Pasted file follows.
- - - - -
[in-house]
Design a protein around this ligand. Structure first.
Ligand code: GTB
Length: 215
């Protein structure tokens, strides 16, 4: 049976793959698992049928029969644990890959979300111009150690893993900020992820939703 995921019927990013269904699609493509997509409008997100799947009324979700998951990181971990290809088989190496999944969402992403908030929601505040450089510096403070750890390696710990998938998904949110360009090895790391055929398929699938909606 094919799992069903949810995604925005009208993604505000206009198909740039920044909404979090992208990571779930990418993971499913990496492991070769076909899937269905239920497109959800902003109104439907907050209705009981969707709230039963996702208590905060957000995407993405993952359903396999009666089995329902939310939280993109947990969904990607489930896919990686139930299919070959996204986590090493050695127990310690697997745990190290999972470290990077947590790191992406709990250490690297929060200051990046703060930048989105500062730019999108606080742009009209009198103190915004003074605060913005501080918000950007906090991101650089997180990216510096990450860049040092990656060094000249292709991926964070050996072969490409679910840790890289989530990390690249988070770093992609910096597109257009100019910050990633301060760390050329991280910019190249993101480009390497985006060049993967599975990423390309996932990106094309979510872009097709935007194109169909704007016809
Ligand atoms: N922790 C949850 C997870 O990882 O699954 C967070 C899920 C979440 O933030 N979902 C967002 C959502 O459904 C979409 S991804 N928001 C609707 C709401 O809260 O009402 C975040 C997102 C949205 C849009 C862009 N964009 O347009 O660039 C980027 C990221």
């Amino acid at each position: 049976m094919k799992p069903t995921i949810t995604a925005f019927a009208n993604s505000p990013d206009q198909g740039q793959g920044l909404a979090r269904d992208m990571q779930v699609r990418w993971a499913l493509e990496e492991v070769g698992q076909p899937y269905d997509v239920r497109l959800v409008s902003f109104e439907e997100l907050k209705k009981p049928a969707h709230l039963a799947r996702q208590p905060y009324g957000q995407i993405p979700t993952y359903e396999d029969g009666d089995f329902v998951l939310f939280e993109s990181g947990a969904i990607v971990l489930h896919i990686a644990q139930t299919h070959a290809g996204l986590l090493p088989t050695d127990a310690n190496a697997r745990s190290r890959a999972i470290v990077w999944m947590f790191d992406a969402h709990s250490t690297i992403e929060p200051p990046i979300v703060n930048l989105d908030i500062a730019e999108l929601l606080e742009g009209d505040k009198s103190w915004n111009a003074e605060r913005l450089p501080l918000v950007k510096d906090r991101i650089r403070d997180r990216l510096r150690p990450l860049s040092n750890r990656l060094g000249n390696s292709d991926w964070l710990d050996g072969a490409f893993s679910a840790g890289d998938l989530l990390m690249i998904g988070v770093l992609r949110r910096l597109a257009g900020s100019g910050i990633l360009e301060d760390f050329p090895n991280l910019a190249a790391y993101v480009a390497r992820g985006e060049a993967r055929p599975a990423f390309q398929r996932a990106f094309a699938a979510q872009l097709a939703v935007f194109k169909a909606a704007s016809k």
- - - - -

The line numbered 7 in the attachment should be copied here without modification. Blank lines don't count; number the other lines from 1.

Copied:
């Amino acid at each position: 049976m094919k799992p069903t995921i949810t995604a925005f019927a009208n993604s505000p990013d206009q198909g740039q793959g920044l909404a979090r269904d992208m990571q779930v699609r990418w993971a499913l493509e990496e492991v070769g698992q076909p899937y269905d997509v239920r497109l959800v409008s902003f109104e439907e997100l907050k209705k009981p049928a969707h709230l039963a799947r996702q208590p905060y009324g957000q995407i993405p979700t993952y359903e396999d029969g009666d089995f329902v998951l939310f939280e993109s990181g947990a969904i990607v971990l489930h896919i990686a644990q139930t299919h070959a290809g996204l986590l090493p088989t050695d127990a310690n190496a697997r745990s190290r890959a999972i470290v990077w999944m947590f790191d992406a969402h709990s250490t690297i992403e929060p200051p990046i979300v703060n930048l989105d908030i500062a730019e999108l929601l606080e742009g009209d505040k009198s103190w915004n111009a003074e605060r913005l450089p501080l918000v950007k510096d906090r991101i650089r403070d997180r990216l510096r150690p990450l860049s040092n750890r990656l060094g000249n390696s292709d991926w964070l710990d050996g072969a490409f893993s679910a840790g890289d998938l989530l990390m690249i998904g988070v770093l992609r949110r910096l597109a257009g900020s100019g910050i990633l360009e301060d760390f050329p090895n991280l910019a190249a790391y993101v480009a390497r992820g985006e060049a993967r055929p599975a990423f390309q398929r996932a990106f094309a699938a979510q872009l097709a939703v935007f194109k169909a909606a704007s016809k």